golden food - Wednesday March 29 2000    

Today my packing specialty was pictures, mirrors, and other flat items. I found lots of cardboard in the alley which was perfect for my needs.

Back when Barry Goldwater was the most extreme right winger on the fringe of the American political spectrum, someone (maybe it was my wacky uncle Bob from Chicago) used to say, "Goldwater. That's what you put in the toilet when you get up in the morning." More recently I've learned of "golden showers" and their tantric incarnation, "golden blessings." Tonight Kim and I had an experience with something I call "golden food," or what Matt Rogers refers to as "the tan food group."
Owing to the imminent move to Los Angeles, our refrigerator is almost completely empty. Since we don't have much cash to work with, we decided to take advantage of a gift certificate given to me on my birthday by my old co-workers Kevin and Jason. The gift certificate applied to anywhere in Horton Plaza, the Schteveish mall in downtown San Diego, a place neither of us has frequented much since losing our jobs there.
We ended up in the third-story food court of Horton Plaza, both of us ordering what looked most delicious from a fish and chips place. When served, our plates looked identical, though Kim's probably cost about 50% more than mine. Aside from a little container of red sauce and some cole slaw, everything on our plates was the golden brown color of food that has been deep fried. There's something fundamental in the human neural wiring that makes it crave golden food when it's famished. French fries, with their appealing combination of fat, carbohydrates and salt, are particularly hard to beat at such times. The weather in Horton Plaza is always perfect for some reason, so our meal was exceptionally pleasant, despite the Schteves muscling their girlfriends past like hostages.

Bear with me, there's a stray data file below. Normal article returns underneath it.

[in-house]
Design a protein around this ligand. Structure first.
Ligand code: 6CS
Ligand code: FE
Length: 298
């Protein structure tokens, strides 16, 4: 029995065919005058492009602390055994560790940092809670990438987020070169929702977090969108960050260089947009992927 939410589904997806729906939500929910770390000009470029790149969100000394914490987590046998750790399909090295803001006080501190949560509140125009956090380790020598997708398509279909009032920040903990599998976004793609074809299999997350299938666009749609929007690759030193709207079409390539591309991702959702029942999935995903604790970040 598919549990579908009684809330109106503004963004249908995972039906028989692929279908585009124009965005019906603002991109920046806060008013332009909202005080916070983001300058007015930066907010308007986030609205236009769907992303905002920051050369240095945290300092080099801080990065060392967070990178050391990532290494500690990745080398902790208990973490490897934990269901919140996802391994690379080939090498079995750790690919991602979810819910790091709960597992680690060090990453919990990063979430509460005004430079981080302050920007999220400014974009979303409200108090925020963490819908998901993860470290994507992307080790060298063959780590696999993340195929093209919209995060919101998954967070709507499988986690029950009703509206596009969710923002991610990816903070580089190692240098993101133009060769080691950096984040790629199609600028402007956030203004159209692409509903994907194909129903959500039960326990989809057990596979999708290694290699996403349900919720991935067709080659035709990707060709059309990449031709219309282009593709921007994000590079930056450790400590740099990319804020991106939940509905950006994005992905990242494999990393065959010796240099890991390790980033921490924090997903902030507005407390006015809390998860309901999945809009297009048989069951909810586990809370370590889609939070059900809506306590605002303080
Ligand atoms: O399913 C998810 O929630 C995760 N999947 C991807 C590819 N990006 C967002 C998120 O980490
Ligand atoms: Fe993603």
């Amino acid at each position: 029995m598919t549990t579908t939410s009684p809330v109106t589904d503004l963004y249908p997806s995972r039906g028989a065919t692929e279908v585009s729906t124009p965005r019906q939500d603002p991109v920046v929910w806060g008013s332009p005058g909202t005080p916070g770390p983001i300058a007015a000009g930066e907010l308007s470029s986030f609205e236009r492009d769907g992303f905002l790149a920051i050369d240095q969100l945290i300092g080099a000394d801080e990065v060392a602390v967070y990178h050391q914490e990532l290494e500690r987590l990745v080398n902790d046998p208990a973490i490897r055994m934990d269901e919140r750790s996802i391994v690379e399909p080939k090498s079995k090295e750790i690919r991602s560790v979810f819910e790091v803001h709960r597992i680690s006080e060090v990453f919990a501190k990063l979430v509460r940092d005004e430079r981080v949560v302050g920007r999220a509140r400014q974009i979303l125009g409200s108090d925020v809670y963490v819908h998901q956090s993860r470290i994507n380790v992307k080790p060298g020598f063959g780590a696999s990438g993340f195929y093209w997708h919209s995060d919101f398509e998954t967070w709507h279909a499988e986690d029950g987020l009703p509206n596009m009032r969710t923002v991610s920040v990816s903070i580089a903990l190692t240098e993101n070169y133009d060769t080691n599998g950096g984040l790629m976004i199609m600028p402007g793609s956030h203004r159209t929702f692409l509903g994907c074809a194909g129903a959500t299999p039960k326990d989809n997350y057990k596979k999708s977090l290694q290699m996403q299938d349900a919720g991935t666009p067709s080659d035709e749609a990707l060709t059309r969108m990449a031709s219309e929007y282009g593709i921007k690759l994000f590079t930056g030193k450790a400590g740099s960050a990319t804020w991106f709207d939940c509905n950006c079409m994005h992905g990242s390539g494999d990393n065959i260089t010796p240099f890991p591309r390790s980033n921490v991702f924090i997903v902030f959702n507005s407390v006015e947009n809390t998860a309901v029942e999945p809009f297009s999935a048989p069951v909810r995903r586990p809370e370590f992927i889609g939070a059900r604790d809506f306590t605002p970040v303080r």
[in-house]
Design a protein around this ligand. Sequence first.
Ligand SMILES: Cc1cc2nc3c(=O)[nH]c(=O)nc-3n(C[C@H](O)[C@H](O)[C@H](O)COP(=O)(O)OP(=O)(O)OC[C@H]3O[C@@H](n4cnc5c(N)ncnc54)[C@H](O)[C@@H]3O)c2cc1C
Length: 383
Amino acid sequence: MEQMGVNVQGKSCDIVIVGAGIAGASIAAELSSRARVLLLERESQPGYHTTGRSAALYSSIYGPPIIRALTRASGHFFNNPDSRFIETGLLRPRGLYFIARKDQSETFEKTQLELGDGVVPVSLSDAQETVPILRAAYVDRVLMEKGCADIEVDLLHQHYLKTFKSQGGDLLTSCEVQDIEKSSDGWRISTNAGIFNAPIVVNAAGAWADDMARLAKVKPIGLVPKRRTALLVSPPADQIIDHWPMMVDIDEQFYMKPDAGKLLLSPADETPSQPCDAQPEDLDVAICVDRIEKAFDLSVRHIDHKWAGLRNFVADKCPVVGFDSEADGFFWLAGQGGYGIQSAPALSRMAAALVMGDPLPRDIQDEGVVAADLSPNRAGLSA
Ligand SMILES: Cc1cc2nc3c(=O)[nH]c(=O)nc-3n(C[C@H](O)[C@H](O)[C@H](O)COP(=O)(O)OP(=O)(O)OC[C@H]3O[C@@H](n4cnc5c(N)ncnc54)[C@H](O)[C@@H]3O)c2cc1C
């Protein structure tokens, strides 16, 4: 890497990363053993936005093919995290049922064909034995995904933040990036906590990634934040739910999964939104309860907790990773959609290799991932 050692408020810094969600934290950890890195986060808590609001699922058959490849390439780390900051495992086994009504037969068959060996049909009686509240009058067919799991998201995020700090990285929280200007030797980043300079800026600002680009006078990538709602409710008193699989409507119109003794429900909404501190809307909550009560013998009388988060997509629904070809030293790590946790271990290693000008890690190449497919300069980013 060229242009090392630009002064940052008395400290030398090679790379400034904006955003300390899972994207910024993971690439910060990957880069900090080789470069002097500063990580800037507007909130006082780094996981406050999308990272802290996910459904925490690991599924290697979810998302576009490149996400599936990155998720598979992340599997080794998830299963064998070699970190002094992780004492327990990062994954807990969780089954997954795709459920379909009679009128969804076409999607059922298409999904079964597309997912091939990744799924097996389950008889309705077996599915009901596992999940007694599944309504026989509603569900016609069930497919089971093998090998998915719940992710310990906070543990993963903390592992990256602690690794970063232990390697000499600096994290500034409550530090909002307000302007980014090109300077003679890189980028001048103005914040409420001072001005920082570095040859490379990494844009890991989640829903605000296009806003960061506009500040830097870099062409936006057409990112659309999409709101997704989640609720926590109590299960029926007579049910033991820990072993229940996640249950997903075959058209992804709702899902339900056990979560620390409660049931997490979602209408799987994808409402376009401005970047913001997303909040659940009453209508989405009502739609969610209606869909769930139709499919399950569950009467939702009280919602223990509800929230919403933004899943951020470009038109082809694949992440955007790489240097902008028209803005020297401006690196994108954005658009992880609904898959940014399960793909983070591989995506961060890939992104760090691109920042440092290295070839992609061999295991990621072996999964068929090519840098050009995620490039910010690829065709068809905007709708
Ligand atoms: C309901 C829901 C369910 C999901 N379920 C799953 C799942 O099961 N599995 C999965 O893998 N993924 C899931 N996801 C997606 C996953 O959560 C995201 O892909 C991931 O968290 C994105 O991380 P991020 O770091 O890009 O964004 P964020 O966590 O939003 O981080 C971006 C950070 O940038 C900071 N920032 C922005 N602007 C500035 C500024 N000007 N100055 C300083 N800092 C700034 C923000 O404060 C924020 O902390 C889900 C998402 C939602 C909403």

Back in Ocean Beach, we picked up the keys for the UHaul we'll be driving to Los Angeles from a convenience store on the corner of Bacon and Voltaire. We also got a six pack of Sierra Nevada, though the golden food camped out in our stomachs kept us from drinking as much as we would have liked to.
We tried to watch the 1991 film version of Naked Lunch directed by David Cronenberg, but (despite the typewriter beetles) it just wasn't interesting enough to keep us awake. I think it's very difficult to make an engaging movie about global conspiracies where the revelations come in the form of hallucinations.

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